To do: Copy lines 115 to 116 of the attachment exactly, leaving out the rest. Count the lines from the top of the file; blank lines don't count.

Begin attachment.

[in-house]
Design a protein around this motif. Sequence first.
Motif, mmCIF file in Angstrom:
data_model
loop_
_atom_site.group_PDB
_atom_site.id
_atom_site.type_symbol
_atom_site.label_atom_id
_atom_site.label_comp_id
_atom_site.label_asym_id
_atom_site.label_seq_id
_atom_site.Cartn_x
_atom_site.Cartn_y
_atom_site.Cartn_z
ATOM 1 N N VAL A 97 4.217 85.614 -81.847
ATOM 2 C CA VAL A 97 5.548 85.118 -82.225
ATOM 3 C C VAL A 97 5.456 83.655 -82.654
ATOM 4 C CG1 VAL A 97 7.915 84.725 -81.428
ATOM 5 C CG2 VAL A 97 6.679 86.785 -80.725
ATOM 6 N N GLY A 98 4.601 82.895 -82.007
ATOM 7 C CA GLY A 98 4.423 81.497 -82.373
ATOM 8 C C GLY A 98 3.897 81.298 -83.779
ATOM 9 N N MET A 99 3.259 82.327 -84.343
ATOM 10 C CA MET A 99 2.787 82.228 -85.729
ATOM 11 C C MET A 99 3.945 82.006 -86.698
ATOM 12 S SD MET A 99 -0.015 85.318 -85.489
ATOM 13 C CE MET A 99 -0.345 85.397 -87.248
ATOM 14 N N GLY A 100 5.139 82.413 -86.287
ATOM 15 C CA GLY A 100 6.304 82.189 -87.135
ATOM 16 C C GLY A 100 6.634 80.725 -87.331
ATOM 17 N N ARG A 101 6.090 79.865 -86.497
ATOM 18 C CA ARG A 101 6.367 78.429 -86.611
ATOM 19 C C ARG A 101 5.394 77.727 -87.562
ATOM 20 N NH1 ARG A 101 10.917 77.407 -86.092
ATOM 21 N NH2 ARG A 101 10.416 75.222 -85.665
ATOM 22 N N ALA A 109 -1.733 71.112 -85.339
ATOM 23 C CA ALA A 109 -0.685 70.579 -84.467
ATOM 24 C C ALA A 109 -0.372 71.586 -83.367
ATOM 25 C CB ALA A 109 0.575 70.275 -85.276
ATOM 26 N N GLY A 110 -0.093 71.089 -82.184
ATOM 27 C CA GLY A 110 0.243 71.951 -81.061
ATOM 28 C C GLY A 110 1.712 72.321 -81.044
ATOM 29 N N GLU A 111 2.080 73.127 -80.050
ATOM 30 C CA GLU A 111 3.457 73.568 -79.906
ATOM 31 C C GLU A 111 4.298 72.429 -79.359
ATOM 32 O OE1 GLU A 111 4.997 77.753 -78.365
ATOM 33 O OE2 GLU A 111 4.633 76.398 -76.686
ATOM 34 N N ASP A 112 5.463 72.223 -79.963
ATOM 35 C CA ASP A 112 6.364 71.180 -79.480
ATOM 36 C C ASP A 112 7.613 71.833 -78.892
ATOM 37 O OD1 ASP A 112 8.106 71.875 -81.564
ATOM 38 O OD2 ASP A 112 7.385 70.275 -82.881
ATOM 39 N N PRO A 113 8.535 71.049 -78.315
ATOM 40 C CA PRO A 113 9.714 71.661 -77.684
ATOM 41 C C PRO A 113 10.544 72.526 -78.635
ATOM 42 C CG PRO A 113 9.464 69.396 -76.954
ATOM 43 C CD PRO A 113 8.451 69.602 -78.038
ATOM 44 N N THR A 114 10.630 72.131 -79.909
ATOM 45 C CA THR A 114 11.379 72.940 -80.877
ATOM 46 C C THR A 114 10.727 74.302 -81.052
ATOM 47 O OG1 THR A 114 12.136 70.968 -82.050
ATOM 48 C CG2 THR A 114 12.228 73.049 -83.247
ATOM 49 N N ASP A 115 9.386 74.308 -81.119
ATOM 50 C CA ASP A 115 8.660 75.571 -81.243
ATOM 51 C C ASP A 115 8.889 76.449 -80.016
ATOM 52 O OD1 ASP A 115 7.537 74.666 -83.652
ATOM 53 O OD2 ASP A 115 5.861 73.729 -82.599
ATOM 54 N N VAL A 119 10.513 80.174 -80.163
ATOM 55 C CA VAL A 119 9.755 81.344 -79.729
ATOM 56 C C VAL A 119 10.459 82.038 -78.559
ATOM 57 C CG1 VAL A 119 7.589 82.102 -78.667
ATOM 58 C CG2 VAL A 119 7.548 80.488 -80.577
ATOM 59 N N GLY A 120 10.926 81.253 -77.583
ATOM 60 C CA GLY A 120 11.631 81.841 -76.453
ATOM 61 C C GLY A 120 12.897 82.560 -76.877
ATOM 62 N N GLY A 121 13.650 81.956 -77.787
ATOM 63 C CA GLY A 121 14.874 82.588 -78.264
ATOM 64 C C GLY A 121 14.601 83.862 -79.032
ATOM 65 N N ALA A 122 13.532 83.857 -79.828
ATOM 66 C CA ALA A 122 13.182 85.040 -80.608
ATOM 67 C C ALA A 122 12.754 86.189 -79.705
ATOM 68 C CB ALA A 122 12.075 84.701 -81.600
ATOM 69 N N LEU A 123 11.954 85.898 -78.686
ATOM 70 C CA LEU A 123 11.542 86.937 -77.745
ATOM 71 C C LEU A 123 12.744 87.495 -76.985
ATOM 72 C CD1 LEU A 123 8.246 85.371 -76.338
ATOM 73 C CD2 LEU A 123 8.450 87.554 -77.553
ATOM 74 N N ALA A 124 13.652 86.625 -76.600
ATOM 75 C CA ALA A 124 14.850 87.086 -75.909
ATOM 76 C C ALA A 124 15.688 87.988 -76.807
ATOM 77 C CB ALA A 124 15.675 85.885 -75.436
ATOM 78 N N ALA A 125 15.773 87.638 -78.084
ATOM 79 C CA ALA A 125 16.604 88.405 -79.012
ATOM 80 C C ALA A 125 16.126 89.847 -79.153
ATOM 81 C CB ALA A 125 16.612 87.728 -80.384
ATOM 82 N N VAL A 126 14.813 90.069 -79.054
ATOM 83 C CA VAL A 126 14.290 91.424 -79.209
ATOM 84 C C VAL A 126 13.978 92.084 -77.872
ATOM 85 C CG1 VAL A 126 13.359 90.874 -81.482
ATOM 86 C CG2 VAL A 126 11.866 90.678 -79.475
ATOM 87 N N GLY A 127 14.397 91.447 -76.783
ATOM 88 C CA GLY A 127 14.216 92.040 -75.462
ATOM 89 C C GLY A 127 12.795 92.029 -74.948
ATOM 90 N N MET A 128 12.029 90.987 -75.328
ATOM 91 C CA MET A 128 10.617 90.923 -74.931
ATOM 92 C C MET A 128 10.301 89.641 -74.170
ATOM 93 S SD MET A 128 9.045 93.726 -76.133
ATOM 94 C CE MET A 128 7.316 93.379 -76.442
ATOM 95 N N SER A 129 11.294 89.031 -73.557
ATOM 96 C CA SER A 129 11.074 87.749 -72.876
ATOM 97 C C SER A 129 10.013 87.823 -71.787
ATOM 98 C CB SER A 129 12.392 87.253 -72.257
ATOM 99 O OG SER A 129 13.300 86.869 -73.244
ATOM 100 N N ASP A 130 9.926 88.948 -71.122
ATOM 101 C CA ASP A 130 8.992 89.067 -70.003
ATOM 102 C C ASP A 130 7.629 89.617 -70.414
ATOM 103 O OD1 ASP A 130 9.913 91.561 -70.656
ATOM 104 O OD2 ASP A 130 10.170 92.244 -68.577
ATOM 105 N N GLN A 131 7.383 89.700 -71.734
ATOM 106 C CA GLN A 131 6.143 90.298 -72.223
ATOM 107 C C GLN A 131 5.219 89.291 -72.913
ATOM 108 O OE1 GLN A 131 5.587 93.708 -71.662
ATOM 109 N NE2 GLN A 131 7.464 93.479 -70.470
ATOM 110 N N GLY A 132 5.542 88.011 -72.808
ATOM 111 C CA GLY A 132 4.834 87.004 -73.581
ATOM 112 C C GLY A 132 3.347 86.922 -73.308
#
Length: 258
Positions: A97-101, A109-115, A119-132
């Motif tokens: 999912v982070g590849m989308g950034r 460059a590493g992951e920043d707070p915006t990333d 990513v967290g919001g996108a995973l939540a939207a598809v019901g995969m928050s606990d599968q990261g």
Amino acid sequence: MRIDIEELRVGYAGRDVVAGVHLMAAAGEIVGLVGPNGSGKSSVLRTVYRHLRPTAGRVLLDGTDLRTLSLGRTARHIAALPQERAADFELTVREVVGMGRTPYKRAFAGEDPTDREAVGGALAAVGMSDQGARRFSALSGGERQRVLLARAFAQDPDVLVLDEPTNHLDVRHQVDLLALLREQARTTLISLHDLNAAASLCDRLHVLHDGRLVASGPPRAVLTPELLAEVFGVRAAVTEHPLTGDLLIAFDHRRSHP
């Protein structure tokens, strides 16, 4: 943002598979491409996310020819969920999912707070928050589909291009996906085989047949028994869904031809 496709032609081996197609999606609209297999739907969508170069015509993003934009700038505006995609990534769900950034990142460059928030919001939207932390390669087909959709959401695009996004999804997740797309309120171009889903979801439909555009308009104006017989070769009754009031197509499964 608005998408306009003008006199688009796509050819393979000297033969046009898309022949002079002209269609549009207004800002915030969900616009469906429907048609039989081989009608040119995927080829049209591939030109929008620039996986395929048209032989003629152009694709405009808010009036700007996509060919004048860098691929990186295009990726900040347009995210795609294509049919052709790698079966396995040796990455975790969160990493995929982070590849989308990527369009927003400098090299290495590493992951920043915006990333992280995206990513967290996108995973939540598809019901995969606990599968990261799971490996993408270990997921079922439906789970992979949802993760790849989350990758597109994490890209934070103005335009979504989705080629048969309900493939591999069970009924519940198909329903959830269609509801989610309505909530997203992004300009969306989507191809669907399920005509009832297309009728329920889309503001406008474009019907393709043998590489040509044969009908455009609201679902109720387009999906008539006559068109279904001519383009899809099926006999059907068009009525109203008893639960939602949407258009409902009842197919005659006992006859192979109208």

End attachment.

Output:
ATOM 100 N N ASP A 130 9.926 88.948 -71.122
ATOM 101 C CA ASP A 130 8.992 89.067 -70.003